This alternative form comes with its own URL I can go to to create that new post.


Evil CSS

The stripped down form still shows bits and pieces I don’t really need to be reminded of every time I go to post something. Nothing a few display: none; CSS staments couldn’t fix. But, I’m using the default Seven admin theme here, which does not provide a body class to uniquely identify a specific page. I couldn’t add my CSS hacks to that theme’s (or sub theme’s) stylesheet because those would then apply to all admin pages.

I use the Firefox browser on my Android phone. Stylish to the rescue. We’re definately in proof-of-concept territory now! Stylish lets you define custom styling for all sites, a site or one or more specific URLs. I made one specifically for the URL where the minimal entry form lives to clean up that screen even more: hiding the header, breadcrumbs, form field descriptions, etc.


And, does it work?

Yes. It’s far from elegant but it’s already a much more focussed and faster experience. I think I already knew but was happily surprised to see that the regular image field does provide access to both the camera (for taking a new picture) and the gallery (for choosing an existing image).


What could be next

One thing that makes the Drupal approach feel old school is the required title field. Twitter, Instagram, Tumblr all let you just type something into what basically amounts to a “body text” field. In Drupal it has to at least be just like email: a subject and a message: a title + a body. I can make the body optional but I want my text to go in there. Hiding the title field is not straightforward, I think because it is tightly coupled with the unique ID for that content item. There’s modules that let you hide the title input field but those still automatically generate a (gibberish) title.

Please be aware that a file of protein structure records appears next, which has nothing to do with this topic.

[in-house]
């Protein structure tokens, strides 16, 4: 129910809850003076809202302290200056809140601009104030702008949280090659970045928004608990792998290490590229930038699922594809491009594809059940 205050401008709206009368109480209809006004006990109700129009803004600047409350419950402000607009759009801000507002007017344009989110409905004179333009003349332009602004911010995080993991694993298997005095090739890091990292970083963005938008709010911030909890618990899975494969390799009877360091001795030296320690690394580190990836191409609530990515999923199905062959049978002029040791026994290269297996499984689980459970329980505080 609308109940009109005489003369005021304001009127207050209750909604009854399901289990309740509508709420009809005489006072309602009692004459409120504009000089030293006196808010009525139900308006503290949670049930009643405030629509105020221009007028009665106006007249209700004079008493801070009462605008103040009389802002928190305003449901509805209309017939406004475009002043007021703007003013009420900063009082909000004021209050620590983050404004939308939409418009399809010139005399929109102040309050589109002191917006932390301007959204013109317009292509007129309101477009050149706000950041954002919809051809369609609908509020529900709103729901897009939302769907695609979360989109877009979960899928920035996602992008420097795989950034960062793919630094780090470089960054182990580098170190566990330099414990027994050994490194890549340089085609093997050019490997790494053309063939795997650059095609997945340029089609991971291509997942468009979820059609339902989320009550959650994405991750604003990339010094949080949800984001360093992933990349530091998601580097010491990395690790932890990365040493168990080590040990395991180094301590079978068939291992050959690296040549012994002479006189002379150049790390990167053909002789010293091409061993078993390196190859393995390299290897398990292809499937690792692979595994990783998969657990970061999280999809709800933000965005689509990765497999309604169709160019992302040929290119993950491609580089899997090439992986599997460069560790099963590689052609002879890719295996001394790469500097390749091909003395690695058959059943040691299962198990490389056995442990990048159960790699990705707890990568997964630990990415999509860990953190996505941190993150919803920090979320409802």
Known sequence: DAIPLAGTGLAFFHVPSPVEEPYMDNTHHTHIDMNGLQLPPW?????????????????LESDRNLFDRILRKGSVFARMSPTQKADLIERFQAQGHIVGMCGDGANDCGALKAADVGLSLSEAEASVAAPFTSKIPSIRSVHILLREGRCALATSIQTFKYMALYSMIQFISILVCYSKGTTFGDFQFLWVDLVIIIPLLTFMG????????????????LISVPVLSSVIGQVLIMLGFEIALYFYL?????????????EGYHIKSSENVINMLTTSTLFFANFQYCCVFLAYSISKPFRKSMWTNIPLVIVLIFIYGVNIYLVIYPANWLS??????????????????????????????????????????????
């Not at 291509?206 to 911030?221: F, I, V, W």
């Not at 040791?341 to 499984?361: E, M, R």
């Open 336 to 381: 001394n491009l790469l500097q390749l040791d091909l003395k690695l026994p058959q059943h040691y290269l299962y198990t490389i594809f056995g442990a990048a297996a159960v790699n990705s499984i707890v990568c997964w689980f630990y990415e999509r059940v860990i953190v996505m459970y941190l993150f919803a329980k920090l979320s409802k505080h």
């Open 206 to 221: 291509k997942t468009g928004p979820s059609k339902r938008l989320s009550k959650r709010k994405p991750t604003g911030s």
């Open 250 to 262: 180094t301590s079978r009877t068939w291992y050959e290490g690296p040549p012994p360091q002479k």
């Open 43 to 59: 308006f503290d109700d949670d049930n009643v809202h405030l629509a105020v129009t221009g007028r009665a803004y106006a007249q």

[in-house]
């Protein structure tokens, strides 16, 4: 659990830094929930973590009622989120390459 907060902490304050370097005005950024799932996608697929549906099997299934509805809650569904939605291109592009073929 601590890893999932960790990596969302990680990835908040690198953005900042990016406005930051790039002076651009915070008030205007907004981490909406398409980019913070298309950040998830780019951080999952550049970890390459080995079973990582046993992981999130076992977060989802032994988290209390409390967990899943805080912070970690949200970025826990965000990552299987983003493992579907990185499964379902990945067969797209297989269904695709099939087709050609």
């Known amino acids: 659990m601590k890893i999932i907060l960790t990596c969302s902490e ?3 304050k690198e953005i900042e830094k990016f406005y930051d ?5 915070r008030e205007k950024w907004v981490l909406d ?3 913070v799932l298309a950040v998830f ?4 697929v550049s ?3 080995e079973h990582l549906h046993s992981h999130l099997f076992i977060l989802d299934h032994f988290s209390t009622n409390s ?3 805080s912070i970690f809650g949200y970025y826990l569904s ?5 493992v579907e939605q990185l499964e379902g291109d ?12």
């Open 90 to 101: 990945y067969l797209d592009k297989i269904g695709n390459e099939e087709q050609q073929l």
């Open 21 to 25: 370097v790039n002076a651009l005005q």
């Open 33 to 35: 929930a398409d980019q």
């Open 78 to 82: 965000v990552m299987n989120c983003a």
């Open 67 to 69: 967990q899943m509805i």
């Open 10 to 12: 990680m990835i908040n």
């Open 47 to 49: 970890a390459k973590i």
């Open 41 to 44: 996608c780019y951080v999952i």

Still, my focus was on smoothing the path for posting an image to my blog from my phone. That “Browse…” button is old school too, but it does provide access to camera and camera roll. Saving a bookmark for this comes with the option to create a shortcut icon for it on the phone home screen for quick access. Not bad for an hour or two of experimenting without coding :)

A couple of years ago swentel created Drupoid, an Android app that let you save an image from your phone as a content item on a Drupal site. It would be an interesting exercise to recreate something like it with React, Drupal’s (future) JavaScript toolkit of choice and figure out how smooth and snappy we can make it there.

Tags Drupal drupalplanet ux process

myDropWizard.com: Drupal 6 security update for FileField Sources!

7. Februar 2018 - 22:23

As you may know, Drupal 6 has reached End-of-Life (EOL) which means the Drupal Security Team is no longer doing Security Advisories or working on security patches for Drupal 6 core or contrib modules - but the Drupal 6 LTS vendors are and we're one of them!

Today, there is a Moderately Critical security release for the FileField Sources module to fix an Access Bypass vulnerability.

This module enables you to upload files to fields via several sources.

The module doesn't sufficiently handle access control on the autocomplete for reference sources.

See the security advisory for Drupal 7 for more information.

Here you can download the Drupal 6 patch.

If you have a Drupal 6 site using the FileField Sources module, we recommend you update immediately! We have already deployed the patch for all of our Drupal 6 Long-Term Support clients. :-)